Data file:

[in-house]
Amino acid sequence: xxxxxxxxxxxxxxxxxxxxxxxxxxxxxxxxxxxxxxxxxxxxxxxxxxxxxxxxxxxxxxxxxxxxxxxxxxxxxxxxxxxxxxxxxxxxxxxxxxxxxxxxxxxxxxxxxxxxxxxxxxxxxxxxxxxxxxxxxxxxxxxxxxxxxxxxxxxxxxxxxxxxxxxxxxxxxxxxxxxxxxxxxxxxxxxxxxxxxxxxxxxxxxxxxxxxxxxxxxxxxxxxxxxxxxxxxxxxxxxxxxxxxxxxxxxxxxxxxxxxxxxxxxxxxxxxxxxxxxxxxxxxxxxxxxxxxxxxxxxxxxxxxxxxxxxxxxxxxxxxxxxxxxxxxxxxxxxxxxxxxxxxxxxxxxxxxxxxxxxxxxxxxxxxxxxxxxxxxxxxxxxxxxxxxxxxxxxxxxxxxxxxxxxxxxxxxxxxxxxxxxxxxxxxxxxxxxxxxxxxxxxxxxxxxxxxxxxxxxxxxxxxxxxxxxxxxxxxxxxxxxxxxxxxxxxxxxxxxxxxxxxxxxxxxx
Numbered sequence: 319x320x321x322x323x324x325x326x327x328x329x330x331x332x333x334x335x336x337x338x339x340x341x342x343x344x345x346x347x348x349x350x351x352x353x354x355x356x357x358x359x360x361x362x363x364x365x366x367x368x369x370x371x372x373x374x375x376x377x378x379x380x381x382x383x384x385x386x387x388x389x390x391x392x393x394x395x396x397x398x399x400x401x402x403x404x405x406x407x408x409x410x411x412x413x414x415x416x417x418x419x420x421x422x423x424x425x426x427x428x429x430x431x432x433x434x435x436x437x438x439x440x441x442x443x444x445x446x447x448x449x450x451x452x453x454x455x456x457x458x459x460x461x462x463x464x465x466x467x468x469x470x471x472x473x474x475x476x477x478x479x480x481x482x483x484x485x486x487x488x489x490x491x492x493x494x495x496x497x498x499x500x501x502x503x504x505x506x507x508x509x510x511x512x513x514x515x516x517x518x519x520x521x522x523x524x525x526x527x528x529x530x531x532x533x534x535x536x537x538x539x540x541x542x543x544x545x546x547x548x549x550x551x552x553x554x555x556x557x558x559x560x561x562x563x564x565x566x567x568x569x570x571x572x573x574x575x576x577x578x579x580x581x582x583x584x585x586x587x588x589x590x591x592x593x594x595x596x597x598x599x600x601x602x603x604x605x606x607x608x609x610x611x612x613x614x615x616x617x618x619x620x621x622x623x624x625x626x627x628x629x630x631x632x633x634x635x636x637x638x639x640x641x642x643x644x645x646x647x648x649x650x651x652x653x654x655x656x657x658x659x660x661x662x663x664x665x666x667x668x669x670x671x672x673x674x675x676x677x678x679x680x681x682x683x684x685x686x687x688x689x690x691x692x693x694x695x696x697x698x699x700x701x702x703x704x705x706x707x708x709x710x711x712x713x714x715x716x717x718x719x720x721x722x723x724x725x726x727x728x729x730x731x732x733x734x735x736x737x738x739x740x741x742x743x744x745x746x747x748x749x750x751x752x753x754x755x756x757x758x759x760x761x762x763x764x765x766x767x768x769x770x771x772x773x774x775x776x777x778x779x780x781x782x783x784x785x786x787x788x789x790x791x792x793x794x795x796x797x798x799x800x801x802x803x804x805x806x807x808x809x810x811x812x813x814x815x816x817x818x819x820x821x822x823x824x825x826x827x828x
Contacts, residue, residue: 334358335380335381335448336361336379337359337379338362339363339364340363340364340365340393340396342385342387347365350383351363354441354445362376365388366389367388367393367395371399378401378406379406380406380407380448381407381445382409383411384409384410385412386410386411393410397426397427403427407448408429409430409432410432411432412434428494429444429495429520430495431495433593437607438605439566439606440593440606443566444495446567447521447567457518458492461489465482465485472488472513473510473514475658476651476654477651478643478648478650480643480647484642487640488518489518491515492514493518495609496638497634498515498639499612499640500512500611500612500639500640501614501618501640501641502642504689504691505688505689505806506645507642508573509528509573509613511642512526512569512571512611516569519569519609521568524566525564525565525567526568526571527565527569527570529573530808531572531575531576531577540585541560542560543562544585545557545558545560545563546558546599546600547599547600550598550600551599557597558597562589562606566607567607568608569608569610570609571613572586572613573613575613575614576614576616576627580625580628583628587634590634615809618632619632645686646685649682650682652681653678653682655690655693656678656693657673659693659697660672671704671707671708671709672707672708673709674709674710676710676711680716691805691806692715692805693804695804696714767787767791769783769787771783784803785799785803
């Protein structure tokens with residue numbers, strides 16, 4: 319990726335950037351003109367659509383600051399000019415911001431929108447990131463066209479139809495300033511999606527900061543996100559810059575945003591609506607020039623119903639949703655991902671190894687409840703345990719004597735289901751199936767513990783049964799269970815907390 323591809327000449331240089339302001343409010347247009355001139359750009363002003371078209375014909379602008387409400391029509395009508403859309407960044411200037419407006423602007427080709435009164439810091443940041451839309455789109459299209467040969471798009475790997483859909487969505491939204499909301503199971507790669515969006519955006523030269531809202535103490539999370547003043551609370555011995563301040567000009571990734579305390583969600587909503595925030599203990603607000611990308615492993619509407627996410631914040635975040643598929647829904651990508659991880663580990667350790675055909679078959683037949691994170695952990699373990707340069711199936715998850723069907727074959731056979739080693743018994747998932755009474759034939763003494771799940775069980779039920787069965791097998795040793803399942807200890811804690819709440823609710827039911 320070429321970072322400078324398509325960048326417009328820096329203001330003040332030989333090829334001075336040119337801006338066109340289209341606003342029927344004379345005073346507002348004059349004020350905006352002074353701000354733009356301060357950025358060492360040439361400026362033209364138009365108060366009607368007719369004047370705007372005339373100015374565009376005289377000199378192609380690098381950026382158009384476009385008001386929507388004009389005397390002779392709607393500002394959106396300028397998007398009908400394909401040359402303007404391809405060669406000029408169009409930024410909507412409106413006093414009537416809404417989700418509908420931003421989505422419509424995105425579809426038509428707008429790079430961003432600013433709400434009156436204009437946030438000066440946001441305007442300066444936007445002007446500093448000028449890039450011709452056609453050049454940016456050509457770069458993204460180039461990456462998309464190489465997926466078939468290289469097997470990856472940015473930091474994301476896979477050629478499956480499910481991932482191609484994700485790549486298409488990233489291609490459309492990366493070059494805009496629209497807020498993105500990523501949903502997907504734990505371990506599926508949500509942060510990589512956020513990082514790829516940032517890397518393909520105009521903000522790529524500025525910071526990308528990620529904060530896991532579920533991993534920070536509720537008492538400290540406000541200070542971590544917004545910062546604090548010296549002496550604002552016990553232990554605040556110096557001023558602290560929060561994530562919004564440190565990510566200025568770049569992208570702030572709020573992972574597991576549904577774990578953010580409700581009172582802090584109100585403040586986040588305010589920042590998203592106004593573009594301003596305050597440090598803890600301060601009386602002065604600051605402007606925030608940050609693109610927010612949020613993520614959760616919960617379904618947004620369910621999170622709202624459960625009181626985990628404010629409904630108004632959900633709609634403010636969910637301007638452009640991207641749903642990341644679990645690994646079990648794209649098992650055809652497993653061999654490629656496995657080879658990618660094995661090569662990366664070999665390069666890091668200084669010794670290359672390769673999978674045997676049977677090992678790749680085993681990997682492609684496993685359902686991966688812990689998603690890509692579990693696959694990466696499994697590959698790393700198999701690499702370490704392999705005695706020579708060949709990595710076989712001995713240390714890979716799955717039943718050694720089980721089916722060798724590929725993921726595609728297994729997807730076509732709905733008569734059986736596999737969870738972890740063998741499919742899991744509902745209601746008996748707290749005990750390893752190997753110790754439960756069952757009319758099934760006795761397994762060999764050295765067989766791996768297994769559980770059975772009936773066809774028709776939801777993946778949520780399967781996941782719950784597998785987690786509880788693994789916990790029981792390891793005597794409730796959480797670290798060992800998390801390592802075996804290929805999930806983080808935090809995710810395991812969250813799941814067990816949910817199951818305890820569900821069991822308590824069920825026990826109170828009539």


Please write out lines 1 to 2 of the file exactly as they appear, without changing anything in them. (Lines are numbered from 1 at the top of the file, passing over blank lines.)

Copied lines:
[in-house]
Amino acid sequence: xxxxxxxxxxxxxxxxxxxxxxxxxxxxxxxxxxxxxxxxxxxxxxxxxxxxxxxxxxxxxxxxxxxxxxxxxxxxxxxxxxxxxxxxxxxxxxxxxxxxxxxxxxxxxxxxxxxxxxxxxxxxxxxxxxxxxxxxxxxxxxxxxxxxxxxxxxxxxxxxxxxxxxxxxxxxxxxxxxxxxxxxxxxxxxxxxxxxxxxxxxxxxxxxxxxxxxxxxxxxxxxxxxxxxxxxxxxxxxxxxxxxxxxxxxxxxxxxxxxxxxxxxxxxxxxxxxxxxxxxxxxxxxxxxxxxxxxxxxxxxxxxxxxxxxxxxxxxxxxxxxxxxxxxxxxxxxxxxxxxxxxxxxxxxxxxxxxxxxxxxxxxxxxxxxxxxxxxxxxxxxxxxxxxxxxxxxxxxxxxxxxxxxxxxxxxxxxxxxxxxxxxxxxxxxxxxxxxxxxxxxxxxxxxxxxxxxxxxxxxxxxxxxxxxxxxxxxxxxxxxxxxxxxxxxxxxxxxxxxxxxxxxxxxxx